December 9, 2009 2:00 am
France is pressing for a modified Tobin tax - a micro-payment on financial transactions - to be included in any agreement at the Copenhagen conference as a means to help the developing world tackle climate change.
Bernard Kouchner, French foreign minister, made a brief round-trip visit to New York on Monday to enlist Ban Ki-moon, UN secretary-general, in support of the French initiative at Copenhagen and of President Nicolas Sarkozy's separate proposal for a new World Environment Organisation.
Mr Kouchner said a "contribution" of 0.005 per cent on all financial transactions could amount to billions of dollars a year for the developing world. This would fill the gap caused by lack of donor funds to meet agreed goals to eradicate poverty in the developing world.
The concept of a micro-tax on financial transactions was first put forward in the 1970s by James Tobin, a US economist, as a way for countries to protect themselves against foreign exchange volatility caused by short-term speculation.
For decades, the idea of a Tobin tax was promoted almost exclusively by anti-globalisation and development activists as a way to tax growing financial markets for the benefit of the poor. But the Tobin concept has seen a revival since the onset of the financial crisis.
Mr Kouchner suggested for the first time on Monday that the idea of such micro-contributions to support development should be written into whatever document emerged from the climate change summit.
"I hope it will really be mentioned in the text of Copenhagen," he told a press conference.
He also urged Mr Ban to put the proposal to the UN General Assembly as a means of broadening innovative sources of finance for development. Mr Kouchner said his concept was quite distinct from a Tobin tax, although French officials acknowledged the main differences were the much lower proposed scale of contributions and the uses to which the funds raised would be put.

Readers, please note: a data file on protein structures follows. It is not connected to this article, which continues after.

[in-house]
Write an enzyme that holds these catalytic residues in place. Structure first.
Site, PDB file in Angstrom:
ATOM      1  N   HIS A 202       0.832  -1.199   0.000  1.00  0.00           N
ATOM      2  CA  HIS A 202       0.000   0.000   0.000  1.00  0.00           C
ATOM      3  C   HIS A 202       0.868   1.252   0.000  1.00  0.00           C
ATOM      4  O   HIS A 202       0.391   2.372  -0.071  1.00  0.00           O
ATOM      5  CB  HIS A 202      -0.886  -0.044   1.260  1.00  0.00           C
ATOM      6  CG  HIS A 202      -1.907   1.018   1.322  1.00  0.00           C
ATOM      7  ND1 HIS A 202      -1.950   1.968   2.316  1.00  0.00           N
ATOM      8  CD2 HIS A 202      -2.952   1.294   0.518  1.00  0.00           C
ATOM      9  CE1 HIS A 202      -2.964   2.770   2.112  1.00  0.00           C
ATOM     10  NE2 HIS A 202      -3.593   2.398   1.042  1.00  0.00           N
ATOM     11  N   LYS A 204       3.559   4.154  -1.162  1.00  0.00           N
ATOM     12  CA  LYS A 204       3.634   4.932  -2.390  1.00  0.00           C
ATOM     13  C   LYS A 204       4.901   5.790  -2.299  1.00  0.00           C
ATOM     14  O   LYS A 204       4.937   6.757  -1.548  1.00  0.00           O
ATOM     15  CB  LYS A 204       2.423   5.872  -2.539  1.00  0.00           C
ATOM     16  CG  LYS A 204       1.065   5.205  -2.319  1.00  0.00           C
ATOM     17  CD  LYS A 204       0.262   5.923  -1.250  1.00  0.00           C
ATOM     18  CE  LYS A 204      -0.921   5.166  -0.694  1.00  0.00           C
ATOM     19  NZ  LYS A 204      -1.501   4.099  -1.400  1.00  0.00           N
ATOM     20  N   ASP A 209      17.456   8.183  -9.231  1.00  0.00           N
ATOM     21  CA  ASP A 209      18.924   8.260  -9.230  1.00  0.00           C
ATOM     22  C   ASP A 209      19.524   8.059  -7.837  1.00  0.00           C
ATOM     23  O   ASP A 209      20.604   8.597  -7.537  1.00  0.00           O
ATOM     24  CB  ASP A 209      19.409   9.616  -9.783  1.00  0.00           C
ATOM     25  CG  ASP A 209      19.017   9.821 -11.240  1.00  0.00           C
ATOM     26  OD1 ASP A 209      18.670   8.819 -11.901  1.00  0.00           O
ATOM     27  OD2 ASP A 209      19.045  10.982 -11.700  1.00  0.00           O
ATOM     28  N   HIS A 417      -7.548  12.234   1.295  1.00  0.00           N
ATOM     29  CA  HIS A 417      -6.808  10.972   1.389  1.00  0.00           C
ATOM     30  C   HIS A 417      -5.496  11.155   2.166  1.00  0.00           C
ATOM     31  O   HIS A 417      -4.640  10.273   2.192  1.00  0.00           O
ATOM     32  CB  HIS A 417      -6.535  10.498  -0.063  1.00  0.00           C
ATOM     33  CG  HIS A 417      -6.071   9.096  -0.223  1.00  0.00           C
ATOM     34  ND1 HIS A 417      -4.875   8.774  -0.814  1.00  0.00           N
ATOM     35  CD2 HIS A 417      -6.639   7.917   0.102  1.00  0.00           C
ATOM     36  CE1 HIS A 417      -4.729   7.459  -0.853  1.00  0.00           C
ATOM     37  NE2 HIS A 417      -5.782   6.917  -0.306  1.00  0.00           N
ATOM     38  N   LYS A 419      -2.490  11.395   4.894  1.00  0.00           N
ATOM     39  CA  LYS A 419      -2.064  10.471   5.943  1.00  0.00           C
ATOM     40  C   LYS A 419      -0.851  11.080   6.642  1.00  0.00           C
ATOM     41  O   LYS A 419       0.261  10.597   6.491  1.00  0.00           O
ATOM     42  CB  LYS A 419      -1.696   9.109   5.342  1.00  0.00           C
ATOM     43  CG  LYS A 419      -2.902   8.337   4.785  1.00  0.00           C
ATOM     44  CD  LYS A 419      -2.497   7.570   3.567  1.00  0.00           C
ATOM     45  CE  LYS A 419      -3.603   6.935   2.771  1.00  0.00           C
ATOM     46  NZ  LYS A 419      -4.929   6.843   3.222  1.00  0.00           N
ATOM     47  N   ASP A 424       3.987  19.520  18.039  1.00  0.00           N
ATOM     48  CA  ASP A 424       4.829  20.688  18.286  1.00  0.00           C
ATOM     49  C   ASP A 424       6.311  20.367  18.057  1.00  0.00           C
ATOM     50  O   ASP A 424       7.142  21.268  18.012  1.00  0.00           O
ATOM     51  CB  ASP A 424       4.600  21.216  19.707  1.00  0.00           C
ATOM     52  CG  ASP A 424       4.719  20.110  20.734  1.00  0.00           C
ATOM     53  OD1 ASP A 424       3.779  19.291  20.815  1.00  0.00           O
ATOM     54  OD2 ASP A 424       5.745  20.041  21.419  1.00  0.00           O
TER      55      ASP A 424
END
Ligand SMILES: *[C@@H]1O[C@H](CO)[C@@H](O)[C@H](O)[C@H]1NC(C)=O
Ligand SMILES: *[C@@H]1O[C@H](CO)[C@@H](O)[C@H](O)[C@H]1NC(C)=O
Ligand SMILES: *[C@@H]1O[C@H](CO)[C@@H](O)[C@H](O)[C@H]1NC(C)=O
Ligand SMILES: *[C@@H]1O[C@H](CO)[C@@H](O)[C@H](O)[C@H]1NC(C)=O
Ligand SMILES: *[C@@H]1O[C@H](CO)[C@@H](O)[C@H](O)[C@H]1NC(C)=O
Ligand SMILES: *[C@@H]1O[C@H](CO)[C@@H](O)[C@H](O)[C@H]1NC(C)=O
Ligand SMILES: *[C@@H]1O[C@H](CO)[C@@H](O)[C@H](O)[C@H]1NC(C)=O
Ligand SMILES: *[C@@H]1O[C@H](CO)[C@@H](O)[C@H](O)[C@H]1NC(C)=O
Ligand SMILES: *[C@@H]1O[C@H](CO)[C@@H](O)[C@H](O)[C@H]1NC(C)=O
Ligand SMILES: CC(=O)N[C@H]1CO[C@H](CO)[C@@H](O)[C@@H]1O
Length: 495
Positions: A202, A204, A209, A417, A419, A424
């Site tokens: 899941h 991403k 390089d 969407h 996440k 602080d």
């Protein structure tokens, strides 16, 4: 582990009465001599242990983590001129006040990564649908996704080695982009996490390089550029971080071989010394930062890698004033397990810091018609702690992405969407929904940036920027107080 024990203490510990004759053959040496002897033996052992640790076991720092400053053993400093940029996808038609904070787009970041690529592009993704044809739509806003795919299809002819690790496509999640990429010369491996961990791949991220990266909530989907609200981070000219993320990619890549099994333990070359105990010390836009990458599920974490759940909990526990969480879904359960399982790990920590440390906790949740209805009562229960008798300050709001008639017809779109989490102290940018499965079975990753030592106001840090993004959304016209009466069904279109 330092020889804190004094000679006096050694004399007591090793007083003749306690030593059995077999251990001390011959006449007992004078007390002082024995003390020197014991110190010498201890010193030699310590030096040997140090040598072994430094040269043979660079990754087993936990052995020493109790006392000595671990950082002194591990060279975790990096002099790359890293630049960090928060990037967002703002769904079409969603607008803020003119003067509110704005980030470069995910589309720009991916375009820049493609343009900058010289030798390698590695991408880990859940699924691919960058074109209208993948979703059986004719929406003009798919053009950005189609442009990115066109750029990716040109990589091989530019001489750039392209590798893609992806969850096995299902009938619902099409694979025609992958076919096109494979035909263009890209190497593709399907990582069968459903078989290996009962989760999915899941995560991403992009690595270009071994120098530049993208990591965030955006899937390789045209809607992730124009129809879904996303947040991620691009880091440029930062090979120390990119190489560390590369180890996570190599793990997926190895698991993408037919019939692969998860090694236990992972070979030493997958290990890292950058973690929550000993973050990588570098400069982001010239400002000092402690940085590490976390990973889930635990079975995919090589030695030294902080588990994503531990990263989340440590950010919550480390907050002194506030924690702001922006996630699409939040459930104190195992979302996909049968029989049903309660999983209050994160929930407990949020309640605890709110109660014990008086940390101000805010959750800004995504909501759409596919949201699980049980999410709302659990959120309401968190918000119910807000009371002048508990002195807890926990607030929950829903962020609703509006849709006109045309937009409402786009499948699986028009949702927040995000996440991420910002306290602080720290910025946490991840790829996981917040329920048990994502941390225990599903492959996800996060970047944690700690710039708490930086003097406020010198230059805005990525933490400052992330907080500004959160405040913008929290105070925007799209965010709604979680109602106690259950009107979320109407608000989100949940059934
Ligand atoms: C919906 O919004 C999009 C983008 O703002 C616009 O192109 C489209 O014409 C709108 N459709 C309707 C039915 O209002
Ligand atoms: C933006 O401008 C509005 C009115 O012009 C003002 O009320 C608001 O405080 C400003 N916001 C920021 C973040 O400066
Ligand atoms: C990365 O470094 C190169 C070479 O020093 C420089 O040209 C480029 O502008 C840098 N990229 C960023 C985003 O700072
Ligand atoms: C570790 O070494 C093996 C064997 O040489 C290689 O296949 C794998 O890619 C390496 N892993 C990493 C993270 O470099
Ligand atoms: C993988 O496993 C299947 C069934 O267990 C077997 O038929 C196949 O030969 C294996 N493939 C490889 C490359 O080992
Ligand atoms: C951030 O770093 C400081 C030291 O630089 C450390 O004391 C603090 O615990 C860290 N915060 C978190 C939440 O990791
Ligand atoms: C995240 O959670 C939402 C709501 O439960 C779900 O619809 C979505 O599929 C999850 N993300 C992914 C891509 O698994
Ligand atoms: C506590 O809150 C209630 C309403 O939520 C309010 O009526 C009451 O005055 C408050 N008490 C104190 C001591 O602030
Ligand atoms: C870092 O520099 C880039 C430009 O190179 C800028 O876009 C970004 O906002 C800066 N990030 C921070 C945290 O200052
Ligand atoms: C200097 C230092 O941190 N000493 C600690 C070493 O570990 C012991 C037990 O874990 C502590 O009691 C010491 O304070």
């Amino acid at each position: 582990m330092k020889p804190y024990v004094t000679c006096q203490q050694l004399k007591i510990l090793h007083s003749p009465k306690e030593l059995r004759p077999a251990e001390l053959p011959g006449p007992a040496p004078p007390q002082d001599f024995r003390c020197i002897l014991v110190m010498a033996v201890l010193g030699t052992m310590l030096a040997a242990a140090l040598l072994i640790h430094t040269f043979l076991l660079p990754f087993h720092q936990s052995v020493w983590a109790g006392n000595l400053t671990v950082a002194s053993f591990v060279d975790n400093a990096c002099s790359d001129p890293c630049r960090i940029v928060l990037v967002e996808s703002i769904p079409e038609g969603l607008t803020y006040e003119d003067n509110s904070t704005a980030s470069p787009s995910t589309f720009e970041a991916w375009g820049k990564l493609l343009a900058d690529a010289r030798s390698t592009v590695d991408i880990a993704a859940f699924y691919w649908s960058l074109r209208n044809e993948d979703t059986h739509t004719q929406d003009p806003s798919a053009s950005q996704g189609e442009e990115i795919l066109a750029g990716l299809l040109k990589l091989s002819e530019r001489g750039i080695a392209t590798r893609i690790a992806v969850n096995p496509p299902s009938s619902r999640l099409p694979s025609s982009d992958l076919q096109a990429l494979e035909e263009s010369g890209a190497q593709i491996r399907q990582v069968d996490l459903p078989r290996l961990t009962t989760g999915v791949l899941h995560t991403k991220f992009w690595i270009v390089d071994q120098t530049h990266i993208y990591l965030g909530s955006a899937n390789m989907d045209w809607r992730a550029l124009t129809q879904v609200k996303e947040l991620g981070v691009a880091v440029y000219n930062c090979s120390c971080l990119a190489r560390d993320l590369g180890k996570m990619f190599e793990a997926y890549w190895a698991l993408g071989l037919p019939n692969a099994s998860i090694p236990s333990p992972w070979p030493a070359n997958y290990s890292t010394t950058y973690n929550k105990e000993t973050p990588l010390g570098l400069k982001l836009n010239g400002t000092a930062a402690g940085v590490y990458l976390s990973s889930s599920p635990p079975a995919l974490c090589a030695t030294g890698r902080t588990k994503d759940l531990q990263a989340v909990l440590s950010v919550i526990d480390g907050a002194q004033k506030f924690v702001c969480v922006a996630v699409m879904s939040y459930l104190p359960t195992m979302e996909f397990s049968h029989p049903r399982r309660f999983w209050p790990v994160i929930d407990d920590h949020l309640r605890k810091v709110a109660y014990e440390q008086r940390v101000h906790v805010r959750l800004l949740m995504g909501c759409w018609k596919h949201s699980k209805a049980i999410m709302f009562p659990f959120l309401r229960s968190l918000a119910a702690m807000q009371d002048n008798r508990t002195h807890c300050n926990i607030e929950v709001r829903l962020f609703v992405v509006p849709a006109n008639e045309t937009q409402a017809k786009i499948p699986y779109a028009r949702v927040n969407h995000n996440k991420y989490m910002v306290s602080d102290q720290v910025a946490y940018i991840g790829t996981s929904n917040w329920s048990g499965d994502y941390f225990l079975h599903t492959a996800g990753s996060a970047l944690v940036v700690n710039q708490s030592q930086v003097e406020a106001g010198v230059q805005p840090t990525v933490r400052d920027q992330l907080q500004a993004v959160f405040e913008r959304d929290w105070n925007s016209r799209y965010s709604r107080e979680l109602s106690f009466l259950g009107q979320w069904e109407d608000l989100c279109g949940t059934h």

Banking and business lobbies, as well as governments with thriving financial sectors, have resisted such taxes in the past, arguing they would drive business off-shore and act as a constraint on some markets unless universally applied.
However, a number of governments have more recently examined the Tobin concept as a means of bailing out banks in financial crises. Gordon Brown, UK prime minister, floated the idea at a Group of 20 meeting last month but backpedalled after other countries, including the US, said they would not support taxing financial transactions. A team of international economists revived the idea of such micro-taxes more than a year ago at a conference chaired by Philippe Douste-Blazy, the former French foreign minister appointed by the UN to find new ways in which private business can help support development. It was again raised by the French at a conference in Paris this year on innovative financing.
Mr Kouchner also reiterated Mr Sarkozy's call at the UN in September for the establishment of a World Environment Agency under UN auspices. The body would monitor how countries fulfilled their promises to limit carbon emissions, he said.
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